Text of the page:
LEXINGTON, Ky. (Sept. 27, 2017) — Recent research by Martina Vasil, assistant professor of music education at University of Kentucky School of Music, explores both challenges and supports for first-generation college students pursuing a doctoral degree in music education.
Findings reached by Vasil, and Joyce McCall, visiting assistant professor of music at Indiana University Bloomington, can be found in the article “The Perspectives of Two First-Generation College Students Pursuing Doctoral Degrees in Music Education” published this summer in The Journal of Music Teacher Education.
In the article, the researchers examine the experiences of two first-generation college (FGC) students pursing doctoral degrees in music education. The students’ motivations for pursuing an advanced degree were to enact change in the field of music education and fulfill personal ambitions. The research participants encountered two challenges, insufficient cognitive maps and inadequate familial support, which contributed to financial difficulties and health issues.
Support networks inside and outside of their music education doctoral programs facilitated the students’ degree attainment. The participants lacked the cultural capital needed to navigate higher education because of their first-generation status. Instead, participants employed several forms of community cultural wealth: social, navigational, resistant and familial capital.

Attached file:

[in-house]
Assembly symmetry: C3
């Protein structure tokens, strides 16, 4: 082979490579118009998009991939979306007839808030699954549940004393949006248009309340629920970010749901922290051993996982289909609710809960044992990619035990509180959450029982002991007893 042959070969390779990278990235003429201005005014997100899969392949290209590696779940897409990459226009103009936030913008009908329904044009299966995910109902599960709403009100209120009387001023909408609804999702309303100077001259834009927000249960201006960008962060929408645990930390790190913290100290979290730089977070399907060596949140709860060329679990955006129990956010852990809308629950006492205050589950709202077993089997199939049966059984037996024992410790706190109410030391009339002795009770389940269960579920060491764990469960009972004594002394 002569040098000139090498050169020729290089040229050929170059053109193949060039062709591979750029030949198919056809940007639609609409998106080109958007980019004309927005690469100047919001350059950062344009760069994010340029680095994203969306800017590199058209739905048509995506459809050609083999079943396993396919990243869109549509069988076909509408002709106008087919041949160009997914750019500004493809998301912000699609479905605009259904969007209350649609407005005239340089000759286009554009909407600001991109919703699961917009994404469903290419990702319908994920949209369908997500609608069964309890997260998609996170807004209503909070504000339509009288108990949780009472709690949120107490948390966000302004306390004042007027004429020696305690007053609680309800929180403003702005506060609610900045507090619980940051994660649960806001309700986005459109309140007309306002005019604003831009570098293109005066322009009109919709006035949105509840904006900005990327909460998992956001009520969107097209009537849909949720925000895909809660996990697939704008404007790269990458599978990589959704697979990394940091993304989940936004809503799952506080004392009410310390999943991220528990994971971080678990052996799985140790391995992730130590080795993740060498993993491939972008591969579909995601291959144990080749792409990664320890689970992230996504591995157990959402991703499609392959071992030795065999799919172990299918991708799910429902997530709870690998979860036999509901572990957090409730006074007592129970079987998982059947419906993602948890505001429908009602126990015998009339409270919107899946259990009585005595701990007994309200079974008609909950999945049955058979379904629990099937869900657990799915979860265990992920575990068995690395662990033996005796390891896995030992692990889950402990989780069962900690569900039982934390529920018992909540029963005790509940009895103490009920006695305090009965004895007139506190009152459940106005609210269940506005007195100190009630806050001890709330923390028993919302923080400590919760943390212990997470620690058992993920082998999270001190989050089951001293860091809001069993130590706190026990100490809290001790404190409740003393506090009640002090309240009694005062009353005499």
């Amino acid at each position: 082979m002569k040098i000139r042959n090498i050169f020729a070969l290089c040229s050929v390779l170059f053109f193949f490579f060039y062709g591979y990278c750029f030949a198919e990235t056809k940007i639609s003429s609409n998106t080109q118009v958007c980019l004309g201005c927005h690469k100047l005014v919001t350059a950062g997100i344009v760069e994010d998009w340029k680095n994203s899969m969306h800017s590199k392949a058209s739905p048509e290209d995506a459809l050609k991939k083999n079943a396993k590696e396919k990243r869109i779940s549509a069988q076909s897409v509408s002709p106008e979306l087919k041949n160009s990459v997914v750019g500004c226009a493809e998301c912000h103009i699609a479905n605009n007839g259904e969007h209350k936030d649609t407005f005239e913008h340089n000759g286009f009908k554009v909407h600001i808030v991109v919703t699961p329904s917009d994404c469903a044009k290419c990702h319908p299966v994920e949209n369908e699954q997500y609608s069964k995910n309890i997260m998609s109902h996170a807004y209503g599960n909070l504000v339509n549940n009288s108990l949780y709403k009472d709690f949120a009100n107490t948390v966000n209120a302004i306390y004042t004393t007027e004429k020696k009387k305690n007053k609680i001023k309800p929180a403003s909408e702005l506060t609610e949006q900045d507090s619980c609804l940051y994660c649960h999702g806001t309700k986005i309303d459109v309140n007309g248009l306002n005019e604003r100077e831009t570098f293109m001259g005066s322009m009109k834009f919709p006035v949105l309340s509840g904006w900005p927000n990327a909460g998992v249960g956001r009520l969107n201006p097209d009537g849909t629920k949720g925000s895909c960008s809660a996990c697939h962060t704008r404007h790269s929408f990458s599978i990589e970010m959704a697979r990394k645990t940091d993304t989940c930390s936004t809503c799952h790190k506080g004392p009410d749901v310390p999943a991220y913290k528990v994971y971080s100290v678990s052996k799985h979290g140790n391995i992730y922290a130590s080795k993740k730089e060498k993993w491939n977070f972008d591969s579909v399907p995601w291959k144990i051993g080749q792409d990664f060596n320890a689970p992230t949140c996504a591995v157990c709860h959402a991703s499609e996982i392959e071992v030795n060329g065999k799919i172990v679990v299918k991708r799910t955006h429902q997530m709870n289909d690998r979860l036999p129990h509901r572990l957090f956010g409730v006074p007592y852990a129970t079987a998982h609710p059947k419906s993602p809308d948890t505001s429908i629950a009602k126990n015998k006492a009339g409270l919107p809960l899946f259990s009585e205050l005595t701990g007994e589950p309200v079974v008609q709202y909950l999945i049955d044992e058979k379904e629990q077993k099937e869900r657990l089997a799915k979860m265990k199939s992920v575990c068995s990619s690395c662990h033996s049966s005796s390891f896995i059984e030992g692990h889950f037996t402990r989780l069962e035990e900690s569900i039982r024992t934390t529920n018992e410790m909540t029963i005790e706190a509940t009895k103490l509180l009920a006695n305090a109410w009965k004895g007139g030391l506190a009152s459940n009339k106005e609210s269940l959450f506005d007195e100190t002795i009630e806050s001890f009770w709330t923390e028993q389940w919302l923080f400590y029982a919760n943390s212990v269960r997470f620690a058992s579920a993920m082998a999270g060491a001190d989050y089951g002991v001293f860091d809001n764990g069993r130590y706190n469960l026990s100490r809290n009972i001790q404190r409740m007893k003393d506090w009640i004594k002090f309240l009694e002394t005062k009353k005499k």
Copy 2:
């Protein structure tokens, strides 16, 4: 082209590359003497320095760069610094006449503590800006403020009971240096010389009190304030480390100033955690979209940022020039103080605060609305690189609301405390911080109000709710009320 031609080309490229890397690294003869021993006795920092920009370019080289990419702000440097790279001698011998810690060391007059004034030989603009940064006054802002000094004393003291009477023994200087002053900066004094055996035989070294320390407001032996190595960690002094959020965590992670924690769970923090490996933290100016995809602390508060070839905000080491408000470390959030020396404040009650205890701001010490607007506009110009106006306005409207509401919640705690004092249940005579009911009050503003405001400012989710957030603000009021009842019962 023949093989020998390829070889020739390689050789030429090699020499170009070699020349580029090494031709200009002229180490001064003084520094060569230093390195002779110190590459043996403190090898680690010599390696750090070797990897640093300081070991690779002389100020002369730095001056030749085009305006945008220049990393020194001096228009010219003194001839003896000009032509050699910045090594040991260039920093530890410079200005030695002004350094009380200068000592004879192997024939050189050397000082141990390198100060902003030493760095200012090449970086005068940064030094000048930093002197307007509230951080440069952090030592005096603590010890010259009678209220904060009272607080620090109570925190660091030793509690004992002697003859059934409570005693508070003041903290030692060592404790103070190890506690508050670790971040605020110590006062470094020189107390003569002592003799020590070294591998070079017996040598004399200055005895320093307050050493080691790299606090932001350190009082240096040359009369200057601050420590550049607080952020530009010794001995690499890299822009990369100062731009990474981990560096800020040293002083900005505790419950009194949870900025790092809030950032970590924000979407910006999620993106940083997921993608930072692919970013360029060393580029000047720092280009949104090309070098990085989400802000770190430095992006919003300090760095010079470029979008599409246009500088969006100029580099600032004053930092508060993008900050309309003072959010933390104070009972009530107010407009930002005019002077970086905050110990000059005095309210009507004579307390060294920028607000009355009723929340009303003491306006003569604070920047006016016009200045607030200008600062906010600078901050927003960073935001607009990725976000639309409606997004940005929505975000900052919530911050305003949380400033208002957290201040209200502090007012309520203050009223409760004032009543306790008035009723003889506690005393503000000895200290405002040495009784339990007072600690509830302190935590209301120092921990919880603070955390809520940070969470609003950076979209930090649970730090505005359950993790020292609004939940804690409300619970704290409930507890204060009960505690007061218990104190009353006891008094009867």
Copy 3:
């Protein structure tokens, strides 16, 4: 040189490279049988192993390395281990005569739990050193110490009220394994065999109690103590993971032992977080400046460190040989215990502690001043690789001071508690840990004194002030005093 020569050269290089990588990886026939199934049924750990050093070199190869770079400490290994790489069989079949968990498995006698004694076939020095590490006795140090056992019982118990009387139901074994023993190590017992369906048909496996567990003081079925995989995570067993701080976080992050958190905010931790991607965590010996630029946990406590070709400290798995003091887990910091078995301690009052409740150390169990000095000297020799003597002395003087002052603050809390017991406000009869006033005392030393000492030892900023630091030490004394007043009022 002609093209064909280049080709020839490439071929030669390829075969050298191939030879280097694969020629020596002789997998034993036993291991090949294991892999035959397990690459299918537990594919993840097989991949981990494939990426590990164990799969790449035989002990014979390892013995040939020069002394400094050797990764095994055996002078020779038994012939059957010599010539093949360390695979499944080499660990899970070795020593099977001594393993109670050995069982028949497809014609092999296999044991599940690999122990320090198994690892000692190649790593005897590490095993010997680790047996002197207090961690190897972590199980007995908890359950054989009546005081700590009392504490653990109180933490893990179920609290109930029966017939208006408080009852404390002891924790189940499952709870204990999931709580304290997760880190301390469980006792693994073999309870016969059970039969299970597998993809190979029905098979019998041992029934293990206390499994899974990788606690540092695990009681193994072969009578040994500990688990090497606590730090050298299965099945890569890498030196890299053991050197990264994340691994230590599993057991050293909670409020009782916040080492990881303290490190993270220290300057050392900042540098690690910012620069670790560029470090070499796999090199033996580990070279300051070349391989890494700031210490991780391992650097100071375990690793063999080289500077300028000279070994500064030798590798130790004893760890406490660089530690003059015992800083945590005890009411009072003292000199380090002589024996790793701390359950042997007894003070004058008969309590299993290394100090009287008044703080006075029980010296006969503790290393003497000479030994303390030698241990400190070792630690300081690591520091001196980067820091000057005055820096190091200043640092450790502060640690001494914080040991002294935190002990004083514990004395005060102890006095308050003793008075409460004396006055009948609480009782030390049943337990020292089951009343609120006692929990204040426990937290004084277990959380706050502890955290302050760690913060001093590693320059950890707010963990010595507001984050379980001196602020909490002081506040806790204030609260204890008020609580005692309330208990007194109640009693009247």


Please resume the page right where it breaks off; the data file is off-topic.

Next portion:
The research found first-generation college students take additional risks in their lives to pursue a doctoral degree. In response, Vasil and McCall suggest that administrators provide doctoral students with adequate financial and psychological support (including health insurance) and that music education faculty be more active in identifying and supporting first generation college students and other underrepresented populations in doctoral programs.
Further, the researchers urge first generation college students pursuing doctoral degrees to be proactive by documenting and reporting issues to trusted faculty and sharing their experiences with other first generation college students to build support systems. Through taking these steps, Vasil and McCall believe this will prepare a more diverse group of future music teacher educators.
Vasil teaches undergraduate courses in general music methods, research, popular music and social justice at UK. In addition, she serves as the director of the Orff Schulwerk and Dalcroze Summer Institute at the university. Vasil received her bachelor’s degree in music from West Virginia University, her master’s degree in music education at Eastman School of Music and her doctoral degree in music education from West Virginia University.
The UK School of Music at the UK College of Fine Arts has garnered a national reputation for high-caliber education in opera, choral and instrumental music performance, as well as music education, music therapy, composition, and theory and music history.
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